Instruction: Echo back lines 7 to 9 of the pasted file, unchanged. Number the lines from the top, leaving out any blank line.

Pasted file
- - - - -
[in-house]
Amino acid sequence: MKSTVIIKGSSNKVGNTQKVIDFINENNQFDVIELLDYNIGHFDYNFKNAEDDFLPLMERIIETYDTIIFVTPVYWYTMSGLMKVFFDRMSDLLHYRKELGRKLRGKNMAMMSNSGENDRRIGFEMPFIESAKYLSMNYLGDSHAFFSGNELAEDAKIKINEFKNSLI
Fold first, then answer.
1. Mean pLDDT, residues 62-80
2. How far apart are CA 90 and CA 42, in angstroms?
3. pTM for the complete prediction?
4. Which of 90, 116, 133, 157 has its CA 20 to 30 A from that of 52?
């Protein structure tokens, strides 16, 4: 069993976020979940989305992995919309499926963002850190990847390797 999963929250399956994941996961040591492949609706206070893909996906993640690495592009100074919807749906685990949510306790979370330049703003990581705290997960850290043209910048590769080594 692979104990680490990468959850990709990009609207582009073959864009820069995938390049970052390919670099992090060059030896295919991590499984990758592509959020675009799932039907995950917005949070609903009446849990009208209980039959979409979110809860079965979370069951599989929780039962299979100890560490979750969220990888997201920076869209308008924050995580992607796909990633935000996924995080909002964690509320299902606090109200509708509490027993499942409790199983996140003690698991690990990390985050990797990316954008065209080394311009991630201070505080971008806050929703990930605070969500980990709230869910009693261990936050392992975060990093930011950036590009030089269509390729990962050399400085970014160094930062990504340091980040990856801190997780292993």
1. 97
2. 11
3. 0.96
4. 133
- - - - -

4. Which of 90, 116, 133, 157 has its CA 20 to 30 A from that of 52?
């Protein structure tokens, strides 16, 4: 069993976020979940989305992995919309499926963002850190990847390797 999963929250399956994941996961040591492949609706206070893909996906993640690495592009100074919807749906685990949510306790979370330049703003990581705290997960850290043209910048590769080594 692979104990680490990468959850990709990009609207582009073959864009820069995938390049970052390919670099992090060059030896295919991590499984990758592509959020675009799932039907995950917005949070609903009446849990009208209980039959979409979110809860079965979370069951599989929780039962299979100890560490979750969220990888997201920076869209308008924050995580992607796909990633935000996924995080909002964690509320299902606090109200509708509490027993499942409790199983996140003690698991690990990390985050990797990316954008065209080394311009991630201070505080971008806050929703990930605070969500980990709230869910009693261990936050392992975060990093930011950036590009030089269509390729990962050399400085970014160094930062990504340091980040990856801190997780292993």
1. 97